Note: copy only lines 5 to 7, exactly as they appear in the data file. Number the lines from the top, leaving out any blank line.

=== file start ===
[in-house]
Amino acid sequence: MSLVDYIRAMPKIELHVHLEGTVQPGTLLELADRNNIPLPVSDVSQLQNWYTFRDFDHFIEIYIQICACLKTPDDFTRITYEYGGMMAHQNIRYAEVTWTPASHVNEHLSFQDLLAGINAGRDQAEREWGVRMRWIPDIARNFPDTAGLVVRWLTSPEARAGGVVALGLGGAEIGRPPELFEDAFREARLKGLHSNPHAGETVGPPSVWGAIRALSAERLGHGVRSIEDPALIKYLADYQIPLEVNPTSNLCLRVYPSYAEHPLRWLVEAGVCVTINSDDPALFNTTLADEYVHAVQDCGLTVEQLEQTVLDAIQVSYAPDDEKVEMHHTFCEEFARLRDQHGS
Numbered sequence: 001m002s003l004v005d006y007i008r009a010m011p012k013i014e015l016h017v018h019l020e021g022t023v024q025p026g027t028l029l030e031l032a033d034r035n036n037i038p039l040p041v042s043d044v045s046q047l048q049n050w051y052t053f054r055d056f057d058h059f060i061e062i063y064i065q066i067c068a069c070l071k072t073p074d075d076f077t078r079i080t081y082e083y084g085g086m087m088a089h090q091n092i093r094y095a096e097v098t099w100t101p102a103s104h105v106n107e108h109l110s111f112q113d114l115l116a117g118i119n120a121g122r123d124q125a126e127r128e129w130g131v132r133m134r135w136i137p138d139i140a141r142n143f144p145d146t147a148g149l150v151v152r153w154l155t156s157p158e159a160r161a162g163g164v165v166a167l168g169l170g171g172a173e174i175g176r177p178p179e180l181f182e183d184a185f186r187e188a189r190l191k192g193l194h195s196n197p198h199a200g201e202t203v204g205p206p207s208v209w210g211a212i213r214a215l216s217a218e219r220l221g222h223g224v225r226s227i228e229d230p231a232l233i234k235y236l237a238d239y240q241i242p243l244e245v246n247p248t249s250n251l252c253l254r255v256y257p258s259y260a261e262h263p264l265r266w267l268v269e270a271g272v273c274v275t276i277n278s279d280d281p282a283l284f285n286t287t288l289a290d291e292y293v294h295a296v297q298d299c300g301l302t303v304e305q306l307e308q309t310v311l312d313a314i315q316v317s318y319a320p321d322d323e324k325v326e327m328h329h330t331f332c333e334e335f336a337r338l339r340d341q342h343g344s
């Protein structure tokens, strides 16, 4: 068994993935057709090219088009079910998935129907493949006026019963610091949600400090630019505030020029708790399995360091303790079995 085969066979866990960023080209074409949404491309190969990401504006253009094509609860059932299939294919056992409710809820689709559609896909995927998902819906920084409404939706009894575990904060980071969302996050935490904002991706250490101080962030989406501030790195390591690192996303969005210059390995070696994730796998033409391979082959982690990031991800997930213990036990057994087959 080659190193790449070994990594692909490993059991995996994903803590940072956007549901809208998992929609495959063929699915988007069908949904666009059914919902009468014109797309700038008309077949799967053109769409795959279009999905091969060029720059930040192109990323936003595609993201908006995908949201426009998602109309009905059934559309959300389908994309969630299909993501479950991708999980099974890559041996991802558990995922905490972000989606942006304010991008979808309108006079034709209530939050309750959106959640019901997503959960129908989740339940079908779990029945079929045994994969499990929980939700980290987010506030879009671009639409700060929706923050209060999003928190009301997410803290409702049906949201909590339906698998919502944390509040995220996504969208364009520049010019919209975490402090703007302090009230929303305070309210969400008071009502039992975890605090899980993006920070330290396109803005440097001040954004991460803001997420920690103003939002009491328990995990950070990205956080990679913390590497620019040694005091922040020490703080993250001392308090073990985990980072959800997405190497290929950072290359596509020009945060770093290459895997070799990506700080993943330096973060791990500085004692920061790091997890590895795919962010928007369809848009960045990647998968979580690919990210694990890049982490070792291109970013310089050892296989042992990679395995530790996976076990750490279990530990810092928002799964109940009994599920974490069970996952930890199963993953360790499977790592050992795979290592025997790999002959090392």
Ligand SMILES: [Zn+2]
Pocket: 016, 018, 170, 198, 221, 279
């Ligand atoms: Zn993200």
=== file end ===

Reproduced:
Ligand SMILES: [Zn+2]
Pocket: 016, 018, 170, 198, 221, 279
């Ligand atoms: Zn993200």